I love smoked salmon, but my personal taste preference and dietary choices make it hard to find any that works for me. I like it sweet, but I avoid sugar as much as possible.
So this past week at the Costa Mesa Farmer's Market when I saw all the fresh cherries, I thought - why not do a cherry-cured smoked salmon? Fresh organic cherries, wild Bristol Bay Sockeye, sea salt and a little cracked pepper, add some smoke, why not?
It turned out great, you guys! Even my husband, who is not a big salmon lover, LOVED it! In fact, here's a picture of his salad: He did this himself. For a guy who only eats halibut, and pretty much only if it's perfectly roasted with mayo on top, this was pretty impressive. Am I right? It was definitely a cool moment for me. I'll convert him to a salmon-lover yet. 💚🐟💚
This is a hot smoked salmon, when it's done it is cooked. Want to know how I did it? Here ya go:
One flash frozen fillet wild Bristol Bay Sockeye Salmon, thawed
1 Cup fresh organic farmer's market cherries - whatever's in season, pitted and mashed
Sea Salt - 1 to 2 teaspoons, to taste
Fresh Cracked Pepper - to taste
4 Cups wood chips - I used Hickory, because that's what I had on hand.
Pat Sockeye Salmon fillet dry with paper towels.
Sprinkle with Sea Salt and Cracked Pepper. This step is different from most smoked salmon recipes. Since my primary goal was just to season, not preserve, I did not brine the salmon in a heavy salt brine. I seasoned it to my own personal taste so it is not as salty as what you might find at the grocery store. Spread mashed cherries and their juice over the entire fillet.
Cure in refrigerator for 24 hours.
Soak wood chips for at least 30 minutes. I used Hickory chips, but you can use what you love. Salmon does love an Alder smoke...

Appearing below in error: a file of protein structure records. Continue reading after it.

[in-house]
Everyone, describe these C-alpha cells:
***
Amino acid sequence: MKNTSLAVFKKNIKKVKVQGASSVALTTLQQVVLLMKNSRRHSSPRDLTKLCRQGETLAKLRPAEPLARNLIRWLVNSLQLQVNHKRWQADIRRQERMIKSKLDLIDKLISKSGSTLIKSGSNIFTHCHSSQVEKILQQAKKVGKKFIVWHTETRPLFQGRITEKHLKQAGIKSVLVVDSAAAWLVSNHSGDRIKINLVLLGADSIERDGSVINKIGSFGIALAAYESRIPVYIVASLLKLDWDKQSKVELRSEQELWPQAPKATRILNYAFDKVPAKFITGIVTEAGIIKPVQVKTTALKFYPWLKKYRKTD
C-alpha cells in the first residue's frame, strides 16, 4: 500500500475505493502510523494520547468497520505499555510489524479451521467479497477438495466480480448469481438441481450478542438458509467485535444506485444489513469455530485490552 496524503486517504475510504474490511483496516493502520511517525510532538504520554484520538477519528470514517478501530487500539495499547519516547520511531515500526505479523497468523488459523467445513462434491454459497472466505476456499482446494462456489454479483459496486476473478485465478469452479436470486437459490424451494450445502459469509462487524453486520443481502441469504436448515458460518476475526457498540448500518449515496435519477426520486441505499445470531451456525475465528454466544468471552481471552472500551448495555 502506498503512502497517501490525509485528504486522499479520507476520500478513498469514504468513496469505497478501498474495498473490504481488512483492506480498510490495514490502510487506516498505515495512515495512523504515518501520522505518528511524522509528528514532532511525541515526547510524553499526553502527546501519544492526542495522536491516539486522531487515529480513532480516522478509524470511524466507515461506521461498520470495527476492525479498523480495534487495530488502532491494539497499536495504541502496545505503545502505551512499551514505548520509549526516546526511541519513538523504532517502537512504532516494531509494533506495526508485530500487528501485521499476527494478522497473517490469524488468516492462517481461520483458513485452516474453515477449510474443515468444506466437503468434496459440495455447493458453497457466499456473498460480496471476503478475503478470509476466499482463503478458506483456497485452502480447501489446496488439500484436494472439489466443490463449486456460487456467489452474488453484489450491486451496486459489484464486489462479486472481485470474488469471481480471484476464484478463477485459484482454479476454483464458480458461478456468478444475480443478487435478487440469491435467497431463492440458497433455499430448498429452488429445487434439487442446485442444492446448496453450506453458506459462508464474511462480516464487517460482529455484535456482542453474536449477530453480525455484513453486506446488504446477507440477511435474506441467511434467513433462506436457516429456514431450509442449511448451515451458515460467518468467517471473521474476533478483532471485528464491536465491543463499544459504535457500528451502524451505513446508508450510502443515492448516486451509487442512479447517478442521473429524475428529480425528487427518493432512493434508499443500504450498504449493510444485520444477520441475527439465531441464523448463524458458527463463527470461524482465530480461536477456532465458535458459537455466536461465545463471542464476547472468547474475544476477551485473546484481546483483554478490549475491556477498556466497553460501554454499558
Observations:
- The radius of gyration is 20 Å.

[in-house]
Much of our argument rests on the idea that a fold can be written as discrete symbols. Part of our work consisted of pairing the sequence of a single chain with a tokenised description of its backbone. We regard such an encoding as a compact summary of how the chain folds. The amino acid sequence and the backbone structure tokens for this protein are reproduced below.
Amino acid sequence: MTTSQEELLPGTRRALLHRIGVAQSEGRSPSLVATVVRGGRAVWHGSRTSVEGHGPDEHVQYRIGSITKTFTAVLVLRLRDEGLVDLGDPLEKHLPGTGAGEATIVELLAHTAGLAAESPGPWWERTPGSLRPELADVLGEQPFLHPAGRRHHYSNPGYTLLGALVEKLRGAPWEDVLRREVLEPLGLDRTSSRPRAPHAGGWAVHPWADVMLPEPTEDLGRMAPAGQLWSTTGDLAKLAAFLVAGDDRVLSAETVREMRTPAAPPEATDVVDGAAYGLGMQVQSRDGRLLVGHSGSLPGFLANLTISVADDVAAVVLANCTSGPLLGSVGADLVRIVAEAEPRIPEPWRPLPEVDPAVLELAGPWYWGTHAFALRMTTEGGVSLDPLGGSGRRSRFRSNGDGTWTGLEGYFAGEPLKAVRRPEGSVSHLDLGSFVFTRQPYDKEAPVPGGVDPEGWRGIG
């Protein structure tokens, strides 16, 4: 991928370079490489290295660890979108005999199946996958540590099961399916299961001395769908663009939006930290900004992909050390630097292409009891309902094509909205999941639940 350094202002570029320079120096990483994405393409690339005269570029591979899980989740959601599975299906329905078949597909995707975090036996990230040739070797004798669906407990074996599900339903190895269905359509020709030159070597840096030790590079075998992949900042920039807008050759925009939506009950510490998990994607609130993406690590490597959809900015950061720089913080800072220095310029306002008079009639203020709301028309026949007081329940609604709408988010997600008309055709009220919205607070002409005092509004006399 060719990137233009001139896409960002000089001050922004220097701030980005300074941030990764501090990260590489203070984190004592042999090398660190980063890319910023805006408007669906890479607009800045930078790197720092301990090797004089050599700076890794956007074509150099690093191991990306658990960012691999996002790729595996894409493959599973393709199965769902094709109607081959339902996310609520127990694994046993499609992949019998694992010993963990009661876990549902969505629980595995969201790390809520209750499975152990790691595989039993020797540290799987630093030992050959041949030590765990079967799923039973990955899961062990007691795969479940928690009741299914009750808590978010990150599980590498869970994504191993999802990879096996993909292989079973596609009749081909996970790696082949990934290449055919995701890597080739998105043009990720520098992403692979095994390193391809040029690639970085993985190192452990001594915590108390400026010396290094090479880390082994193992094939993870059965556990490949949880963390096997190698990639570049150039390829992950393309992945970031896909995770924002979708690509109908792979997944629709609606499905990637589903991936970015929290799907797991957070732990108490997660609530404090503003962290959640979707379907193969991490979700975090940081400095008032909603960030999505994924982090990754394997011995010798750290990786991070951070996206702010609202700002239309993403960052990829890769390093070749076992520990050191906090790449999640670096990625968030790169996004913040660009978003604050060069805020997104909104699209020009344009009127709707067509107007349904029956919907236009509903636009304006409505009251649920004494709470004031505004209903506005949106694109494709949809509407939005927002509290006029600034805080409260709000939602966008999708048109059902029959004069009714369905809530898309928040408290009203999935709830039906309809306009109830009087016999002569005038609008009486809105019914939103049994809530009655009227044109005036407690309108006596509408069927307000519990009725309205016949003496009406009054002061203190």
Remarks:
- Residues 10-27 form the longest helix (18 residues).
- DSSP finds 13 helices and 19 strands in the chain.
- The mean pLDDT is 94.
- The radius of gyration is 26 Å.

While wood chips are soaking, take cured salmon out of fridge. It should have a matte texture - not wet, not quite dry. Mildly sticky. Many traditional cures require you to rinse the curing agent off. Not this one - leave the cherries on top for the best result and a beautiful presentation!
Prepare BBQ Grill. I do not have a smoker, so I hacked my grill. It was pretty easy - I took the grill surface out, removed the heat plate at the far right end of the grill, turned it upside down and voila! The v-shape of the heat plate was the perfect spot for my wood chips.
Fill the inverted heat plate with soaked wood chips and fire up the grill. Let it get going so the air is warm and smoky before placing salmon on the grill. Note - I wanted a slow cook with plenty of smoke, so I used only the one burner that the wood chip filled heat plate was covering.
After 10 minutes or so, when the wood is smoking and the grill is warm, turn the burner down low and place your salmon fillet on the top rack in your grill, on the opposite end of your heat source.
I kept the burner on its lowest setting for around 2 hours. I refilled my wood chips once or twice. At the end of 2 hours I shut the grill off entirely, and let the smoke continue to work on the salmon for another 1/2 hour to 45 minutes.
And at the end, this is what I had:
Beautiful, isn't it? I am SUPER pleased with the result! I'll be eating plenty of smoked salmon salad this week and loving every second of it.
How do you smoke your salmon? I'd love to hear your tips and tricks!
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